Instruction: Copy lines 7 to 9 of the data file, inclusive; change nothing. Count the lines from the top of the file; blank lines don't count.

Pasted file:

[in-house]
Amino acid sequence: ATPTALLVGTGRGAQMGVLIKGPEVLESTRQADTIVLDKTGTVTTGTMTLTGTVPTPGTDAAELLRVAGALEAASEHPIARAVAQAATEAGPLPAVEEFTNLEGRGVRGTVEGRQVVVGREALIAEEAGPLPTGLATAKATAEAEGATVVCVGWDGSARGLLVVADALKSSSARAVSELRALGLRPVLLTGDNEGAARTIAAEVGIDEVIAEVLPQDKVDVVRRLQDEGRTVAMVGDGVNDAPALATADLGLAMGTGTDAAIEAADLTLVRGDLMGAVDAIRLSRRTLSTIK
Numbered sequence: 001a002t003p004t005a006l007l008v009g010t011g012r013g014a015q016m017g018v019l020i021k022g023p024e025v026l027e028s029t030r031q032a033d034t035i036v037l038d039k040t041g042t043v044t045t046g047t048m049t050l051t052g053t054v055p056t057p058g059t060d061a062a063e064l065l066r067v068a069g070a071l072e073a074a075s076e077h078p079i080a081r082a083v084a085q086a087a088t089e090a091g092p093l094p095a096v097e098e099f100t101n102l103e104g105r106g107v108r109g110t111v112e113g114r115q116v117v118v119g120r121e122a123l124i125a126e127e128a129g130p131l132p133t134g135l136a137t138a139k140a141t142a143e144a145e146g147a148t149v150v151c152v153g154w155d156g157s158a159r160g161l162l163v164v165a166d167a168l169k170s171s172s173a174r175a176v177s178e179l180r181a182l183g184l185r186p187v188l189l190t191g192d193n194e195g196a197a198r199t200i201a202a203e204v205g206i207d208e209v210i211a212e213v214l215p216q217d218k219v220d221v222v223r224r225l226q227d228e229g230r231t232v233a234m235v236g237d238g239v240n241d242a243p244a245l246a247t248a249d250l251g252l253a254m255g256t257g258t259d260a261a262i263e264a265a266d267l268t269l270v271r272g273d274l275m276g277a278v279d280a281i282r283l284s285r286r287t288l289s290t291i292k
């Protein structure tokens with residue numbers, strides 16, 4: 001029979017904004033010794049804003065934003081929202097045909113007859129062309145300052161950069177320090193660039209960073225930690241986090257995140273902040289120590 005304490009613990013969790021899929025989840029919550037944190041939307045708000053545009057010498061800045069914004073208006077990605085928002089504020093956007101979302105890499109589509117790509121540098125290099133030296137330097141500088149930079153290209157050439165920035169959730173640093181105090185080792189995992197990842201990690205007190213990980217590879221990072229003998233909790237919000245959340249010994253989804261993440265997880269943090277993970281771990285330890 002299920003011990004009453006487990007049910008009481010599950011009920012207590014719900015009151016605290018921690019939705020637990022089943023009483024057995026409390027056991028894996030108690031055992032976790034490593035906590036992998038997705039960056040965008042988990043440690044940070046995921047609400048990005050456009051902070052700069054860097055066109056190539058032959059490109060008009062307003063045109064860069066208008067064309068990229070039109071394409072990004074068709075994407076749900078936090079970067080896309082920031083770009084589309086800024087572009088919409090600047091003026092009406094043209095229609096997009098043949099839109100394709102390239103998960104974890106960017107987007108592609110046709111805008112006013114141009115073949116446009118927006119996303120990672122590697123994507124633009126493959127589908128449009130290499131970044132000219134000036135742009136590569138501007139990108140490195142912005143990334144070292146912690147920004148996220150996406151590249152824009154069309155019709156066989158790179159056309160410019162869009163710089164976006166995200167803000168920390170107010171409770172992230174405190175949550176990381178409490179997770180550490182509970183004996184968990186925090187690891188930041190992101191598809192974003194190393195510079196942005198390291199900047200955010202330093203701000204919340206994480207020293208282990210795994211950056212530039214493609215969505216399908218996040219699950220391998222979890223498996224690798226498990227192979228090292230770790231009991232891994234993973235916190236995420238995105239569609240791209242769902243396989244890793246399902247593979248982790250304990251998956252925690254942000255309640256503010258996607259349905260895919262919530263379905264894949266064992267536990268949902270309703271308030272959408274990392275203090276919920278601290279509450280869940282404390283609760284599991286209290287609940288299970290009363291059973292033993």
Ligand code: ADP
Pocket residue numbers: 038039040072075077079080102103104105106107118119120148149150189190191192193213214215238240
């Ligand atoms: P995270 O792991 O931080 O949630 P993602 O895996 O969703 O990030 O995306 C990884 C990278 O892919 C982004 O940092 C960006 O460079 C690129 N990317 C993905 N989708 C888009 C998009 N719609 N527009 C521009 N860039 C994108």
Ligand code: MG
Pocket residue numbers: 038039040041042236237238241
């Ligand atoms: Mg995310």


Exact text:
């Ligand atoms: P995270 O792991 O931080 O949630 P993602 O895996 O969703 O990030 O995306 C990884 C990278 O892919 C982004 O940092 C960006 O460079 C690129 N990317 C993905 N989708 C888009 C998009 N719609 N527009 C521009 N860039 C994108």
Ligand code: MG
Pocket residue numbers: 038039040041042236237238241